After hosting a wonderful workshop on Ben Free recently, we put productivity expert Phil Dobson in the hot seat to answer 5 quick questions on how he’s been managing lockdown life.
Former musician Phil, is the founder of BrainWorkshops and author of The Brain Book. Phil now works with businesses all over the globe helping leaders apply what we know about the brain to improve their performance at work. He works with clients such as The Financial Times, Warner Music, The BBC, Viacom International, Jamie Oliver, Channel 4, The Academy of Chief Executives and Facebook.
In 2016, Phil wrote the best seller, ‘The Brain Book – How to Think and Work Smarter’. He is a regular guest on BBC radio and contributes to publications on the application of neuroscience in the modern workplace.
In a year that’s been tumultuous to say the least, Phil has kindly shared his top tips looking back on 2020, his favourite productivity apps and also a new perspective on goal-setting for 2021.
As we’re now back in lockdown, many are facing a different kind of pressure than they did the first time around especially as it’s winter. What’s your number one tip for staying productive during the second wave?
Learn how to create and sustain deep focus. Whether navigating a pandemic or not, your productivity depends on your ability to focus. In the productivity workshops I've been running for my clients over the last eight months, one of the most common challenges people have shared is their inability to focus. As many of us are working remotely, our distractions may have changed, but our need to manage them remains the same. My recommendations here would include turning all your notifications off (desktop and mobile), checking email and other digital comms less frequently, using your phone less (and charging it out of the bedroom), having regular breaks when you work, giving your brain adequate downtime and practising meditation and mindfulness (known to strengthen your attention).
Now that we have to stay at home, how do you stay creative and inspired?
Personally, I write and produce music. It’s been a big part of my life for years, but this year I've been particularly grateful to be able to get lost in music creation. To help others stay creative and inspired during lockdown I would encourage people to try new things. It is often observed that highly creative people tend to cultivate interests in lots of different things – crossing domains and broadening their creative palette. I’ve just started filming to make a video for one of my music projects. Creative projects like these provide valuable absorption away from more traditional work, and learning new things is good for your brain as it helps promote neuroplasticity.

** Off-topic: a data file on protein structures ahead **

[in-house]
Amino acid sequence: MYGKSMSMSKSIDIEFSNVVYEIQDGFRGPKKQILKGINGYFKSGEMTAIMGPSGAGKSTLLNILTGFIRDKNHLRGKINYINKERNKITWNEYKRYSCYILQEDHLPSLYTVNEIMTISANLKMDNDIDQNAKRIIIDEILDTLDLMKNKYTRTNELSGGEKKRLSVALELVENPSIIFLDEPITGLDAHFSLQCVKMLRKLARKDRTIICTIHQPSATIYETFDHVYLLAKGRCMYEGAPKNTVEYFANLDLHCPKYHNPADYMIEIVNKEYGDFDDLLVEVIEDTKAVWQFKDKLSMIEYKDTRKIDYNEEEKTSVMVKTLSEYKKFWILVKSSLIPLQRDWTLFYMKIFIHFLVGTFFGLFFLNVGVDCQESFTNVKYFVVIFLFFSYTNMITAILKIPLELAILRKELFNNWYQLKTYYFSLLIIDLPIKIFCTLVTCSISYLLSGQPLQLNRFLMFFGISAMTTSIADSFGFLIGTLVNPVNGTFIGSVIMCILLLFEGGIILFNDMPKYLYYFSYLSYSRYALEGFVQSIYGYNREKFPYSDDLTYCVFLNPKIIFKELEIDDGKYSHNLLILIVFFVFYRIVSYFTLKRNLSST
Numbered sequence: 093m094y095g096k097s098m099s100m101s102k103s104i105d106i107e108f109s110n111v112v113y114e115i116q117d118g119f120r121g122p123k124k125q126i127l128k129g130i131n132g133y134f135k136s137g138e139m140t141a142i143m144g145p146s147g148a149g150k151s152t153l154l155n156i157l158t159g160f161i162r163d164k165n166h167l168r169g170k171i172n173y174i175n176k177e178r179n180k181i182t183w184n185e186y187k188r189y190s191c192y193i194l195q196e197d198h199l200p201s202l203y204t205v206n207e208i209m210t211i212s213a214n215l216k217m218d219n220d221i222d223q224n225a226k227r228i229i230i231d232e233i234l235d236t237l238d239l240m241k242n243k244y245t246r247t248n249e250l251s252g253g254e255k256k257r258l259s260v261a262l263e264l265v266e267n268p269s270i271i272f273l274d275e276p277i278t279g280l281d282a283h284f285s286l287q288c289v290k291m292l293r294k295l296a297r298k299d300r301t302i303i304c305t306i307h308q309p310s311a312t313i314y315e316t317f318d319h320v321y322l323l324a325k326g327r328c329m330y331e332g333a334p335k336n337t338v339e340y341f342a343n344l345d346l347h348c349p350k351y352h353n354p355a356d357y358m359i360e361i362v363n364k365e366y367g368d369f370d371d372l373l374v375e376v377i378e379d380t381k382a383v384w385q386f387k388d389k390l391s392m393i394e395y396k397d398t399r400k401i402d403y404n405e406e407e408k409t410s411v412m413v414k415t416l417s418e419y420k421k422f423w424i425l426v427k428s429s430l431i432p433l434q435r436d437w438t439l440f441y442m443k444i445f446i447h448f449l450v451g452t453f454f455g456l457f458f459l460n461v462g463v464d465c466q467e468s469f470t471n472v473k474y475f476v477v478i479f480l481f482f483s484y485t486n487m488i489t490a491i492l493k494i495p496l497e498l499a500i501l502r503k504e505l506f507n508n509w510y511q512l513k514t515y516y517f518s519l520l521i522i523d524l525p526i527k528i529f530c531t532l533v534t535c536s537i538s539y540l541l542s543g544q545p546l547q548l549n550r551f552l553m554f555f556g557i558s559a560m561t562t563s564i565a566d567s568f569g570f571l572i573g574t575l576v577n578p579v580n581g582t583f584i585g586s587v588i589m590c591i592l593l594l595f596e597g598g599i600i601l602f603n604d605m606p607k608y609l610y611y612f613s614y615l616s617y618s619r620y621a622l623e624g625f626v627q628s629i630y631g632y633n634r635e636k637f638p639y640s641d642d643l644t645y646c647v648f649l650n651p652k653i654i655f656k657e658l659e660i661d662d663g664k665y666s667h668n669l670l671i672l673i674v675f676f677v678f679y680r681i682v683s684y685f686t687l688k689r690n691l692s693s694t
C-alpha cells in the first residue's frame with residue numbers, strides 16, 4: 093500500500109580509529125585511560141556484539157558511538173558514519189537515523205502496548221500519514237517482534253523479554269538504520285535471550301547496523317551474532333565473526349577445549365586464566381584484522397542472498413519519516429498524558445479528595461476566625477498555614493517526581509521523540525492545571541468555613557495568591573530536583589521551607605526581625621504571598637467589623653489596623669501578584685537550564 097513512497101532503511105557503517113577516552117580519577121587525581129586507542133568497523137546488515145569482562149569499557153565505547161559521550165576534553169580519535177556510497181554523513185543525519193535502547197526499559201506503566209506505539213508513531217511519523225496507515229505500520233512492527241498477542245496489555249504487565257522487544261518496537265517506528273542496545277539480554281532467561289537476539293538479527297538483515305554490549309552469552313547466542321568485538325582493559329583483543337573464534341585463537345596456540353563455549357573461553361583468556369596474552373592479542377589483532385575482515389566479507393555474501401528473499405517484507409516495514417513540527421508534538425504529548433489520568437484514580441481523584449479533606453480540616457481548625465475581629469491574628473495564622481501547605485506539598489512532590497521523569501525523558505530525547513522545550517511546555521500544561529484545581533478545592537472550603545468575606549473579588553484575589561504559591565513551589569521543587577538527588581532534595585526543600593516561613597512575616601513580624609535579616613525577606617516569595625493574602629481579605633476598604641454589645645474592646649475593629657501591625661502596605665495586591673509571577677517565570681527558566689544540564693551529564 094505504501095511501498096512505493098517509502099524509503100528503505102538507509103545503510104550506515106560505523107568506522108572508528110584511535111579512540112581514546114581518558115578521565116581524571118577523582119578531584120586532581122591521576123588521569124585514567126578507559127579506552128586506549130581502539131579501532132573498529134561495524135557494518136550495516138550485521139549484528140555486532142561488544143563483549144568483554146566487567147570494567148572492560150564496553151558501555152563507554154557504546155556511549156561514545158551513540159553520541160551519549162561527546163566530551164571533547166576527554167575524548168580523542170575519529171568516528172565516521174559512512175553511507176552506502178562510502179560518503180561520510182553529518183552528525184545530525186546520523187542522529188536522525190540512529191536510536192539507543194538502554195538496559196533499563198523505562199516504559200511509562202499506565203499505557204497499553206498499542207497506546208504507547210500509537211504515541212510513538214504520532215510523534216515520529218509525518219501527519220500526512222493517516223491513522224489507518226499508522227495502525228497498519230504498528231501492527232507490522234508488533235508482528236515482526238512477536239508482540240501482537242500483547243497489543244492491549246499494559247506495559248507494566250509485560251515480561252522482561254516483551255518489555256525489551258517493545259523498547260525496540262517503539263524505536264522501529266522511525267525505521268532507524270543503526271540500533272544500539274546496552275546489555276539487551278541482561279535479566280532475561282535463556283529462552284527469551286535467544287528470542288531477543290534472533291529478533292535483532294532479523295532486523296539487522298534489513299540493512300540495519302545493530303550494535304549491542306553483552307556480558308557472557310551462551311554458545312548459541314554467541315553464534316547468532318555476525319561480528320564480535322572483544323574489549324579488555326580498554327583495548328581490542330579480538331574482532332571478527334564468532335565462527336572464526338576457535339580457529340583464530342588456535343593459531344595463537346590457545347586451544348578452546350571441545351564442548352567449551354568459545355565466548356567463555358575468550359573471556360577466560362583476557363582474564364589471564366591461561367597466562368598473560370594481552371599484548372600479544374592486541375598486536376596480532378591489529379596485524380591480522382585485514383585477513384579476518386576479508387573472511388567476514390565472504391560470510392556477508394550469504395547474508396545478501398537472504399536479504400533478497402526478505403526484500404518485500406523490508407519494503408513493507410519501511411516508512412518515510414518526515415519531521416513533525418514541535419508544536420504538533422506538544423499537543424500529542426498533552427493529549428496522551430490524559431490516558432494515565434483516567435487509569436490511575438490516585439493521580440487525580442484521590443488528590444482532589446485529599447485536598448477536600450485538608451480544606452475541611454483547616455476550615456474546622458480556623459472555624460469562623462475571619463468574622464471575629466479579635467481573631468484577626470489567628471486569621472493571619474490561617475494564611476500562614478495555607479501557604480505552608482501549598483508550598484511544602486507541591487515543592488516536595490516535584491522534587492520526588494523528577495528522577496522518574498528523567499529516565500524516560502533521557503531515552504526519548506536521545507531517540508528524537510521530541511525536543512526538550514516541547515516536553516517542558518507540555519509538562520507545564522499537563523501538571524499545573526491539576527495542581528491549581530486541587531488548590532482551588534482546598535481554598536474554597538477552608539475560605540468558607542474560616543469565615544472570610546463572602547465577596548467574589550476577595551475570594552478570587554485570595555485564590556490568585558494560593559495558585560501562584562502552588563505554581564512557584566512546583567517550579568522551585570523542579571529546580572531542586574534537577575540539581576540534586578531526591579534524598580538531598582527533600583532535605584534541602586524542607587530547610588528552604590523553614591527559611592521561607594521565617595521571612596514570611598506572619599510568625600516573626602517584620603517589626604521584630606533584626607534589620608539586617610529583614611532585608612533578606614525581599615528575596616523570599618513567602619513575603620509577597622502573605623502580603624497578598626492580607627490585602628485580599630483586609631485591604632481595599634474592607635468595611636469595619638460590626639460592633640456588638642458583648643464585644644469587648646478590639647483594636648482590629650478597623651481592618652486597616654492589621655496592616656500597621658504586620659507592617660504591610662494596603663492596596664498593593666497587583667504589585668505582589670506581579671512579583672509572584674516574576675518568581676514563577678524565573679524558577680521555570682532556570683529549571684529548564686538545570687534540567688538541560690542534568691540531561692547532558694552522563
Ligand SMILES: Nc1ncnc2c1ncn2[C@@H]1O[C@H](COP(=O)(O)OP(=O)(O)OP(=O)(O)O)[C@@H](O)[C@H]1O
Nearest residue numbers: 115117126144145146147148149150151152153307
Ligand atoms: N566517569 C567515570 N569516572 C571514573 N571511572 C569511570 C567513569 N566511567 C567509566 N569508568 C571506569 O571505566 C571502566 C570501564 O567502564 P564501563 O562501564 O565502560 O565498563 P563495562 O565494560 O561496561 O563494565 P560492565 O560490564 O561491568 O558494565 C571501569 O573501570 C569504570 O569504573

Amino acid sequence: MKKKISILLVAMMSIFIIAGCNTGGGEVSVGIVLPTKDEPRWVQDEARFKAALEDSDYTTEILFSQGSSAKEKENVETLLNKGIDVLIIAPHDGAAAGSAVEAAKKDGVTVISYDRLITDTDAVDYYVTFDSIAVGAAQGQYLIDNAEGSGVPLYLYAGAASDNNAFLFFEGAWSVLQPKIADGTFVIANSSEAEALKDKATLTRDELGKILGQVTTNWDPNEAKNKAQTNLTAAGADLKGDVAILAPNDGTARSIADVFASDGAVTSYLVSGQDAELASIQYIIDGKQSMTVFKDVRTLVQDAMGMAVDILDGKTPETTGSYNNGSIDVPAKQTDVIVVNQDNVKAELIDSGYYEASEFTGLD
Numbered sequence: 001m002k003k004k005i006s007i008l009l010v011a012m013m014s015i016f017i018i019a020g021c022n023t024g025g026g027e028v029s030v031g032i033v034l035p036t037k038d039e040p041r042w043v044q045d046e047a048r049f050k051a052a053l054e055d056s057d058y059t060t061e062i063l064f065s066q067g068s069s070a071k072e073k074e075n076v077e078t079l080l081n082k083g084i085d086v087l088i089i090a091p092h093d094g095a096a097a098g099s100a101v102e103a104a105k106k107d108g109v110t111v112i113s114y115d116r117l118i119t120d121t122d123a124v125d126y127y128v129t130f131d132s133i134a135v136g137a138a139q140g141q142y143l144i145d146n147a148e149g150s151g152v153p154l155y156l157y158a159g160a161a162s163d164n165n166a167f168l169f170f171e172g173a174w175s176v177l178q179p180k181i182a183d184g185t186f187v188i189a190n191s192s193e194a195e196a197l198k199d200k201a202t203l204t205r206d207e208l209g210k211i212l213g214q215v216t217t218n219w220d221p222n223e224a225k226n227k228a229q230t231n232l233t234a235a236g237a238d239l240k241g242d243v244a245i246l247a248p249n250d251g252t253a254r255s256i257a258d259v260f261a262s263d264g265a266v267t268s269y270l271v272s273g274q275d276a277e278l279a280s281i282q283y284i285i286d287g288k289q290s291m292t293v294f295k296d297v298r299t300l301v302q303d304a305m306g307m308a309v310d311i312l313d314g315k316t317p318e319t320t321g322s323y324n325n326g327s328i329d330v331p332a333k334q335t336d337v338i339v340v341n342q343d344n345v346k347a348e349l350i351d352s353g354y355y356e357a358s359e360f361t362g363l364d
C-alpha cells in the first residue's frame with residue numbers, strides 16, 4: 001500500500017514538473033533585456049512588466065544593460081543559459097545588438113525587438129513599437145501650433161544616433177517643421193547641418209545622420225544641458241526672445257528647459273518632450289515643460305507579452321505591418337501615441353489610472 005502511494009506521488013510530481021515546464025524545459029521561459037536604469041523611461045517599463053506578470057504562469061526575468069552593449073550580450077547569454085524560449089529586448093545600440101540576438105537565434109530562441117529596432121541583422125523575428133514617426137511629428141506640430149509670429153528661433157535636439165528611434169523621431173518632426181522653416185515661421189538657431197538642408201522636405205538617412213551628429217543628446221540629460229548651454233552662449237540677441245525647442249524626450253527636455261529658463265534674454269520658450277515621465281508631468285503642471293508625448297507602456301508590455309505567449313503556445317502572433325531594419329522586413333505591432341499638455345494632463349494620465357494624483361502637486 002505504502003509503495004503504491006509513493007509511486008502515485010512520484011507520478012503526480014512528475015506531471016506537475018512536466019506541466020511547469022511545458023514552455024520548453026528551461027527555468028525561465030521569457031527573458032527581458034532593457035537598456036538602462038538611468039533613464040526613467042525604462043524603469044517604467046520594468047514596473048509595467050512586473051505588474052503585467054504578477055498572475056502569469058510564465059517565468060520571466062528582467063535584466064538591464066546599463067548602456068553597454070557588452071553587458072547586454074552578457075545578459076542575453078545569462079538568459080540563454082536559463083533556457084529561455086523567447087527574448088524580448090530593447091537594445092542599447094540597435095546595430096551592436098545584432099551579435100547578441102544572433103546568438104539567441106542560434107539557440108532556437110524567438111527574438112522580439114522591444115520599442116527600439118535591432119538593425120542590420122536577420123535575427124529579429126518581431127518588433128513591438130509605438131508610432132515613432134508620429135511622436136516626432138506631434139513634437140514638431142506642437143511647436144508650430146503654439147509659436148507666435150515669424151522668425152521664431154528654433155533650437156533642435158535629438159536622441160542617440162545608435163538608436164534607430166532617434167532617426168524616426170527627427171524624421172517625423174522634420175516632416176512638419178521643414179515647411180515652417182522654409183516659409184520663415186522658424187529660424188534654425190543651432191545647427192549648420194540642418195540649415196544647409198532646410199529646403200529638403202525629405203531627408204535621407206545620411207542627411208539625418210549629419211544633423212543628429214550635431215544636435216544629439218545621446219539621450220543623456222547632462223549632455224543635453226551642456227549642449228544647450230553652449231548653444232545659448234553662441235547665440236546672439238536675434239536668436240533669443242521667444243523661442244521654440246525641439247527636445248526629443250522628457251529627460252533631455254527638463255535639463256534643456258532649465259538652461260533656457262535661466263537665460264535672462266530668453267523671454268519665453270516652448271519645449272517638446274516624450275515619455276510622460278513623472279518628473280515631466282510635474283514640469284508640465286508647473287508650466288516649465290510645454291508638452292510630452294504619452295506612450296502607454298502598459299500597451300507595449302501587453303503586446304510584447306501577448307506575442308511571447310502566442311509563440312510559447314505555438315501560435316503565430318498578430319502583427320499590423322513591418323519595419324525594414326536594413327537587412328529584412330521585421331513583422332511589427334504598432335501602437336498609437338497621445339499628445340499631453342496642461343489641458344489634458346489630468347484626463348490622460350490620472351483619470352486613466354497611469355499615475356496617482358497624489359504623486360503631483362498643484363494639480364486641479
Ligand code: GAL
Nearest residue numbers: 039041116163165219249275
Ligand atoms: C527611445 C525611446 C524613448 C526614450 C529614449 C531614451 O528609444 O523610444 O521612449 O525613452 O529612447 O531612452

What is your number one tip for staying resilient in stressful, high pressure situations?
I've worked with doctors, pilots and CEOs helping them build their resilience, and this year I’ve had my own resilience tested like never before. Developing and maintaining your resilience depends on many factors: everything from adequate sleep, emotional regulation, psychological recovery, cognitive mastery... My number one tip for ‘in the moment’ high pressure would be to regulate your physiology. This can be done through managing your breath or using relaxation techniques. If you get good at shifting state in this way (from sympathetic to para-sympathetic dominance) this helps you maintain a sense of control, regulate your emotions and think more clearly under pressure.
My number one tip for surviving more sustained pressure is to ensure you have adequate psychological recovery. When you're going through prolonged stress it's important to prioritise and calendarise the things you love doing. It might be connecting with your friends, listening to music, getting out into nature…Whatever it is for you, when you’re navigating challenging times, these activities become more important than ever. They help you respond better to stress and increase your emotional resourcefulness, and this allows you to sustain your performance over time.
Do you use any productivity apps to help stay focussed? Are there any that you would recommend?
I use CalenGoo as my Google calendar app - it’s the best calendar app I’ve seen. I use Evernote to capture ideas, articles and any written notes - the web browser ‘clipper’ is particularly useful. I use Trello to collaborate with my brilliant assistant. All these apps help me stay focused on the right things - but it’s turning them off that actually allows me to get any work done(!)
The new year is approaching, many will be thinking about new goals, do you have any new year’s resolutions? Or tips for sticking to them?
I'm a fan of goals, but resolutions, not so much. New year’s resolutions have an abysmally low success rate because people tend to go about them the wrong way.
My tips for successful goal setting include: Think less about the goal and more about the process that's necessary to achieve it. If you turn goals into steps they become far more actionable. If you turn goals into habits they become almost inevitable. When forming habits start with the tiniest steps possible. Don't overcommit. Instead, establish routines that you’ll stick with. Also consider why your goal is important to you and how you’ll feel, and how you’ll celebrate, when you achieve it. This will help build motivation through increased emotional engagement. And finally, share your goals with people who can help - either through increased accountability, or more practical support.